This article reports on ischemic stroke in young adults and adolescents, including incidence, risk factors, challenges of diagnosis and strategies for increasing awareness.
The authors note that only limited prior public health and research efforts have addressed stroke in the young. Given the relative lack of high-level scientific evidence concerning stroke in this group, an evidence-based management guideline was considered unfeasible.
Approximately 15 percent of all ischemic strokes occur in young adults and adolescents. Compared with stroke in older adults, stroke in the young has a disproportionately large economic impact by leaving victims disabled before their most productive years.
The authors say that few studies have addressed the reasons for underdiagnosis of stroke in the young. They explain that early diagnosis remains challenging because of the lack of awareness and the relative infrequency of stroke compared with stroke mimics. Moreover, the causes of ischemic stroke in the young are heterogeneous and can be relatively uncommon, resulting in uncertainties about diagnostic evaluation and cause-specific management. However, the symptoms of ischemic stroke in young adults and adolescents are often similar to those in older patients but diagnosis can become challenging with atypical symptoms.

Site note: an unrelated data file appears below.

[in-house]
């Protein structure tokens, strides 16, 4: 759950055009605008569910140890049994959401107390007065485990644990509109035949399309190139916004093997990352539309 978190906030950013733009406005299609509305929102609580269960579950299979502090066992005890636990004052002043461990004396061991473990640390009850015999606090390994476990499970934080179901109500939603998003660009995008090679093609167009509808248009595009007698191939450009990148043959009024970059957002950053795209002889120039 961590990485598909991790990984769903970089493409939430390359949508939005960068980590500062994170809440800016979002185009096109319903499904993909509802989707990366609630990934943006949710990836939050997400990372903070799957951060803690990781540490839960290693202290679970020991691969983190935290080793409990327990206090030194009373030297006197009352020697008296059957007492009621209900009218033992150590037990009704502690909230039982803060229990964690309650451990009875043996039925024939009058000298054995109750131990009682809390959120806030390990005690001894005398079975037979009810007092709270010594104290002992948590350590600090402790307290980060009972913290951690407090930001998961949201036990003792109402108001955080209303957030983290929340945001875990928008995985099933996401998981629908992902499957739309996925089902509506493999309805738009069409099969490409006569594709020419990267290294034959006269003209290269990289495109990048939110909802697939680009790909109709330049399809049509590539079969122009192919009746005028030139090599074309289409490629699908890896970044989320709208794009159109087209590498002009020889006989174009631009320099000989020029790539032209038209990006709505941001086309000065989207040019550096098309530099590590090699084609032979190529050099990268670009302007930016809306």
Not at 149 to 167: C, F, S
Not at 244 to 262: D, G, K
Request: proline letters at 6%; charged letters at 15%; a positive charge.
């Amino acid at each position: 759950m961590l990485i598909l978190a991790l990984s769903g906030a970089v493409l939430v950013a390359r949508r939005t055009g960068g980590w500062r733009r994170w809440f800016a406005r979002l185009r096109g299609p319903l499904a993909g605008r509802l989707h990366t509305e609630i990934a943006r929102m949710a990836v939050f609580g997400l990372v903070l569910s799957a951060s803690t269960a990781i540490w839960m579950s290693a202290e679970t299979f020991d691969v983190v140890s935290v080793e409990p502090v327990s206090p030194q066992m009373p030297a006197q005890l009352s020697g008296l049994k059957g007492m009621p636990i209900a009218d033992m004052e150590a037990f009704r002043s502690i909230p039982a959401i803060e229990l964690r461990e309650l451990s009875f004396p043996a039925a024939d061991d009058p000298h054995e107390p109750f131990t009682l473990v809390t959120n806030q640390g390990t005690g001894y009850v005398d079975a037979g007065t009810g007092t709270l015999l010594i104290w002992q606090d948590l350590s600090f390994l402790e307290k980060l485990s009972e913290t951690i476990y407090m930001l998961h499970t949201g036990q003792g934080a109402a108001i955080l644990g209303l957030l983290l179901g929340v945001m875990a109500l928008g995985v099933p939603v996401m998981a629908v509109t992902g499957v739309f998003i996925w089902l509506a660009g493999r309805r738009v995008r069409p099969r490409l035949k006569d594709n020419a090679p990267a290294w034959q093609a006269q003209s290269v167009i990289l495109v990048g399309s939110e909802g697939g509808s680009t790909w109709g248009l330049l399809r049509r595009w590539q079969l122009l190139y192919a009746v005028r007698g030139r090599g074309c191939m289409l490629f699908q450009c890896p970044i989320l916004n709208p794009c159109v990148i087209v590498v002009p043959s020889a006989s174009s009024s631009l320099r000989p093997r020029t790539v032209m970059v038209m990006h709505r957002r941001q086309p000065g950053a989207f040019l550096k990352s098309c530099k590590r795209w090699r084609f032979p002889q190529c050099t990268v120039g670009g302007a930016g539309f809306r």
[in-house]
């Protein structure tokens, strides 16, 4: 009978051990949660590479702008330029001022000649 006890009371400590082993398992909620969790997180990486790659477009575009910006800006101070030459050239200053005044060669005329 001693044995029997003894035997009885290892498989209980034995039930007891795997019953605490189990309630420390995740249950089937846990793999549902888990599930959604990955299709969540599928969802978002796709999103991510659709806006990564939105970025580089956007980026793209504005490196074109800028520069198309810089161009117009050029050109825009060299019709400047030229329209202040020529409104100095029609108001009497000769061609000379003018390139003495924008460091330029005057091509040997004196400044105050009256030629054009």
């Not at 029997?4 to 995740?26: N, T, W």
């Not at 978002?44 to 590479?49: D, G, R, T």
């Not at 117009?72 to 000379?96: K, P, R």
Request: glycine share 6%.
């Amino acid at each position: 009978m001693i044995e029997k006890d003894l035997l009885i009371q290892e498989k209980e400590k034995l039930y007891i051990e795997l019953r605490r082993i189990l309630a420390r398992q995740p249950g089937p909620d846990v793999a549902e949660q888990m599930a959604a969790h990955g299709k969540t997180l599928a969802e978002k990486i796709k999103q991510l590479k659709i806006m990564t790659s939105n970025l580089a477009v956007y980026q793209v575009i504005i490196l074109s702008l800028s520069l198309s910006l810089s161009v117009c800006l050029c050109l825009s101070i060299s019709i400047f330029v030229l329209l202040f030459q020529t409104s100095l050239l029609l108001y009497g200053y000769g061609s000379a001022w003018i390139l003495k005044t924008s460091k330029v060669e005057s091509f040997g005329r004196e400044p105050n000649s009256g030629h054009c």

Emerging data have raised public health concerns about the increasing prevalence of traditional vascular risk factors in young individuals and their potential role in increasing the risk of ischemic stroke, stroke recurrence and post-stroke mortality. The authors say that these issues make it important to formulate and enact strategies to increase both awareness and access to resources for young stroke patients, their caregivers and families, and health care professionals.
They recommend greater emphasis on teaching about stroke in young people, including its risk factors and warning signs. They also call for greater research on reducing the physical, emotional and financial burden stroke causes in this population.
They conclude that a national young stroke registry could improve understanding of risk factors, identify research priorities, and facilitate clinical trials of treatments and rehabilitative strategies for stroke in the young.